Henry and his dog Merlin did their time, living in a camper eating from the food bank and dumpster diving for other necessities. Living the life of a starving artist paid off. Henry has collaborated on and completed over 90 murals in a little over 2 years time. He and his crew are solid contributors to the Seattle scene whether the ‘fine’ art critics like it or not. Most residents of Wallingford, Ballard, and Fremont know Henry and his work. His unicorns, four-legged octopi, gnomes and Sasquatch run free in mushroom covered landscapes over buildings throughout our communities. The child-like qualities in his work appeal not only to children, but those adults who have fond memories of a life without struggle for the almighty dollar. Regina Hackett’s (former P.I. art critic) statement that Henry’s work was like “Happy times after the lobotomy,” spurred him to title one of his shows after the comment. It's this carefree and accepting attitude that wins the hearts of those who love Henry. There's no surprise that children and adults with the capabilities of looking at the world with child-like wonder are most drawn to his work. Henry’s work provides an escape when the viewer allows themself to be swept away into his storybook kingdom. His inner freedom has caused a bit of controversy here and there, but that’s all part of the life, isn’t it Henry?
Photo By Andrew Miller
S~ “What is your most dominant characteristic?”
h- “My sensitivity as a person, followed closely by my sense of humor.”
S~ "How do you feel about a formal art education and its affects on an artist's self expression?"
h- “I feel this depends on the individual. For me I had one teacher, Tanis Sietin, who taught me how to let go and be fearless when I entered school, though I had already developed a large visual dialogue to work within. I know formal education helps and hurts artists. Sometimes it makes artists lose their original voice, and sometimes it helps them. Skills and mediums can all be taught and learned independently if one wishes.”
S~ "How would you describe your work and process?"
h- “I feel my work is a true expression of self in image and process. I work fast, similar to that of a Japanese brush stroke artist. I start out loose and tighten it up as the process goes along. I hallucinate the image before or during the process, and build my work up in layers. I focus on balancing polarities.”
S~ “Who would you say are your heroes and inspirations?”
h- “My list of heroes and inspirations is huge so I’ll focus on Seattle artists. Starhedboy is my longtime pop-icon-propaganda-production hero. Xavier Lopez gives me true critical feedback and I love his emotion and skill and use of subconscious mythology in his painting. Nick Beery and Indio for their skill levels, humor and wit go to Nar boo and Maggie Harbaugh. Willingness to explore various mediums and support other artists would be Andy Miller. I’ve recently been inspired by two other female artists; Julie Luke for her connection with Australian tribal art, and Elizabeth Desiree for her use of art to expand social awareness; last but not least Gary Larson, for giving me laughter throughout my childhood. My list of heroes is constantly expanding as I journey through life. There are other artists I am learning from but the list would be way to long to include all of them.”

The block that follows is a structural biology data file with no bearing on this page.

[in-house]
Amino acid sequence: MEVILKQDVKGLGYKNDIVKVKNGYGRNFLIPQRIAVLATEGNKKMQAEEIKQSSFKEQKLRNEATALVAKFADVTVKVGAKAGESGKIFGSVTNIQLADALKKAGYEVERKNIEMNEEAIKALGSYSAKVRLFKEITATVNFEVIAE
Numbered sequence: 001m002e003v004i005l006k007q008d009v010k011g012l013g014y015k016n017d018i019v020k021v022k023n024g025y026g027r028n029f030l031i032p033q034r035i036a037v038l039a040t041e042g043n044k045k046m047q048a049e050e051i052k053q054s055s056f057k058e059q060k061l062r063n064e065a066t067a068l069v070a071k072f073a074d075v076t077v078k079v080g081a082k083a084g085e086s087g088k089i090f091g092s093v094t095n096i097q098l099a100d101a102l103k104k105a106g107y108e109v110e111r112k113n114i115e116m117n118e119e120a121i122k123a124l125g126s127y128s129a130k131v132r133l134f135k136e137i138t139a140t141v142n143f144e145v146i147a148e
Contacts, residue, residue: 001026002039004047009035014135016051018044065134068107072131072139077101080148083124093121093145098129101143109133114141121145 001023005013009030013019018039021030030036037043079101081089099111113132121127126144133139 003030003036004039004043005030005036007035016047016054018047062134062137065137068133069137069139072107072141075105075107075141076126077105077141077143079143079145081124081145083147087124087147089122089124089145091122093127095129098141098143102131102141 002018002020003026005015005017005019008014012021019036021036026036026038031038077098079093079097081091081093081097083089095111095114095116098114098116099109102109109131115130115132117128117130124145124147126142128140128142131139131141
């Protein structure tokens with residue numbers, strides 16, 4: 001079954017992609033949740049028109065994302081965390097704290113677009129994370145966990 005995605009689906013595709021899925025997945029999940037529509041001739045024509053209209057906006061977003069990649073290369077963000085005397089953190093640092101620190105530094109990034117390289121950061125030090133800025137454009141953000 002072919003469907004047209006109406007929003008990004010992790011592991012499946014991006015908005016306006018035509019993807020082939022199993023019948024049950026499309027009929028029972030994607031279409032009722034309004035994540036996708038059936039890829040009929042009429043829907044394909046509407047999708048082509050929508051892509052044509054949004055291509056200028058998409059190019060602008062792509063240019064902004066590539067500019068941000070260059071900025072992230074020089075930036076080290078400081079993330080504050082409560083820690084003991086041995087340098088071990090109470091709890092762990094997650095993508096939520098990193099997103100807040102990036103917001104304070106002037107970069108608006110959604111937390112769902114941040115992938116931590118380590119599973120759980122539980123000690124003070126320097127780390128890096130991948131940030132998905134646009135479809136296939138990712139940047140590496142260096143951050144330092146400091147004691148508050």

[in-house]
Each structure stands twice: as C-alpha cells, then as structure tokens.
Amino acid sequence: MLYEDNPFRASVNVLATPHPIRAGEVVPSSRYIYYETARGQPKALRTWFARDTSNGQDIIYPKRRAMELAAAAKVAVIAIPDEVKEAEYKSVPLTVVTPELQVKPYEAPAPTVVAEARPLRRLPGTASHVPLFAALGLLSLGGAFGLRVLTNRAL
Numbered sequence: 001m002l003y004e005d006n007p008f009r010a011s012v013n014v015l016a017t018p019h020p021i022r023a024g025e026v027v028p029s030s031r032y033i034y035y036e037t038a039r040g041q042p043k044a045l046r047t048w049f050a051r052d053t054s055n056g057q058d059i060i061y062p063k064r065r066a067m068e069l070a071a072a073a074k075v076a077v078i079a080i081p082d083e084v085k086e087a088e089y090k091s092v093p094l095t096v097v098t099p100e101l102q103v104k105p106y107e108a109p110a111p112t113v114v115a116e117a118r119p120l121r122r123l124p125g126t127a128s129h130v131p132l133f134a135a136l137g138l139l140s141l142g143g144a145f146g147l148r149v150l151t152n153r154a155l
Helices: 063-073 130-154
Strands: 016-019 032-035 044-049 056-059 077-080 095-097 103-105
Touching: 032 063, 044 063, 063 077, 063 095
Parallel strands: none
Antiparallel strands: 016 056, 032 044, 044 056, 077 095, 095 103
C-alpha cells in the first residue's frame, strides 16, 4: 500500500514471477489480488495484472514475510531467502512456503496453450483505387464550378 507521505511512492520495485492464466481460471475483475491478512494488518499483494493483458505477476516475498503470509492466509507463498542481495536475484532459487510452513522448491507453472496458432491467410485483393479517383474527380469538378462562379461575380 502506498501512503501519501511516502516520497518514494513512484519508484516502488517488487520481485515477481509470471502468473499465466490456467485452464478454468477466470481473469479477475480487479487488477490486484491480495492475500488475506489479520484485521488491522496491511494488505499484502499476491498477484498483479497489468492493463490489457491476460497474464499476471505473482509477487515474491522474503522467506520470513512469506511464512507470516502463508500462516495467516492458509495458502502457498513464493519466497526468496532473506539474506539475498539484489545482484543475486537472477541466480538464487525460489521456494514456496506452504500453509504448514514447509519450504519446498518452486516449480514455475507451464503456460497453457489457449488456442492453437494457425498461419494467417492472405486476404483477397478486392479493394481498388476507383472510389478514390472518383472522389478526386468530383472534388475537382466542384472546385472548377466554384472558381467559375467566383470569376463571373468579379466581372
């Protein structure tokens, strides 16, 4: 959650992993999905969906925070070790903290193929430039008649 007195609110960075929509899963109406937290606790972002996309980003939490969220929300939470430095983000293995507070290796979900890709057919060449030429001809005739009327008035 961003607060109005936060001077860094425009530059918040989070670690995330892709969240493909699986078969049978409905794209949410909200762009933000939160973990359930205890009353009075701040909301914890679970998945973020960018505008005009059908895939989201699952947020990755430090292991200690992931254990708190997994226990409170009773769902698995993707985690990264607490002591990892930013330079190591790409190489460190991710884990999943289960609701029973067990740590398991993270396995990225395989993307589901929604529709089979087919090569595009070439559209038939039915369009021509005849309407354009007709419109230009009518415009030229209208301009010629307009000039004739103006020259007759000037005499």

S~ “What do you hope to accomplish as an artist?”
h- “My long term vision as an artist is to bring happiness to people while educating people about the systematic causes of poverty.”
S~ “Do you prefer collaboration and public painting over studio work?"
h- “I enjoy a balance of the three. Different times in my life call for different focus.”
S~ “Who are some of your favorite Artists to work with?”
h- “One of my favorite people to collaborate with because he was unmentioned in the above list is Adam Bale, the film maker. I also have enjoyed collaborating with Sean O'Feery in the creation of Art Farm, which there has now been 6 of.”
S~ “What do you consider your greatest achievement to date?”
h- “Right now I feel like my greatest achievement as an artist is the ability to see the greatness and good qualities of other artists, and to be able to work with the people I admire.”
S~ “What are some links I can use to help promote your work?”
h- “For the time being, I’m focusing on one venue to sell my canvas work out of, the Short Stop Coffee in Fremont (40th and Leary). It’s the black shop with my robot mural on it. I’m working on some projects this winter in solitude so that'll be the best place to leave a note if someone needs to get a hold of me or wants to work with me in the future.”
S~ “Where in Seattle’s current art scene do you picture yourself?”
h- “I personally feel like a grain of sand on a beach and all the other artists are other grains of sand. Together we make up the beach. I love Seattle very much and it has enriched my life throughout my entire life.”
S~ “Where do you hope to be in 5 years?”
h- “On a yacht with a hot tub, or painting in a leper colony in Calcutta. They would both make me happy in different ways.”